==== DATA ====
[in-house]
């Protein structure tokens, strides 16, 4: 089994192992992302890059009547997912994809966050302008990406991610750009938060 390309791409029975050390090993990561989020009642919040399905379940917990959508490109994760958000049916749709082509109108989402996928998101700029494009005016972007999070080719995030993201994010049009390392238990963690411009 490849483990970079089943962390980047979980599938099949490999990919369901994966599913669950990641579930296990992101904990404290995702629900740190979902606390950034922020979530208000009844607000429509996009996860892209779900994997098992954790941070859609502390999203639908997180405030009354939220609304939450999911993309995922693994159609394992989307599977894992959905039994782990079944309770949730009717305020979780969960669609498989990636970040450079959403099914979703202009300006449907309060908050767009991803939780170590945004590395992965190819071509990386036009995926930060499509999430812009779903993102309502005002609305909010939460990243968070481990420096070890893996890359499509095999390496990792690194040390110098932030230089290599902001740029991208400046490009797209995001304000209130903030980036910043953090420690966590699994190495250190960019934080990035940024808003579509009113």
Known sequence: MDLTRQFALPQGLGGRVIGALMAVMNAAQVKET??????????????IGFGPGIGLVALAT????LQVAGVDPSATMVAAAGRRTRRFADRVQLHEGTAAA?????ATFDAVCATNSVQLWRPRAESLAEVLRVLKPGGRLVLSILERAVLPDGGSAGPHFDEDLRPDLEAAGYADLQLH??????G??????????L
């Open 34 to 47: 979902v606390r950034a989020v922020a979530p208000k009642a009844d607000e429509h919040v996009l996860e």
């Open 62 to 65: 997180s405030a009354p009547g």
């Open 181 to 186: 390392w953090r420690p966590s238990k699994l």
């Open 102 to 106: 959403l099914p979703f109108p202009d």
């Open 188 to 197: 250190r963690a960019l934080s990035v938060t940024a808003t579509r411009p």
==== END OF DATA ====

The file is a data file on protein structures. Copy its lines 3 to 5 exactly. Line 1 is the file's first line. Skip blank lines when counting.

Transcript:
Known sequence: MDLTRQFALPQGLGGRVIGALMAVMNAAQVKET??????????????IGFGPGIGLVALAT????LQVAGVDPSATMVAAAGRRTRRFADRVQLHEGTAAA?????ATFDAVCATNSVQLWRPRAESLAEVLRVLKPGGRLVLSILERAVLPDGGSAGPHFDEDLRPDLEAAGYADLQLH??????G??????????L
């Open 34 to 47: 979902v606390r950034a989020v922020a979530p208000k009642a009844d607000e429509h919040v996009l996860e």
């Open 62 to 65: 997180s405030a009354p009547g």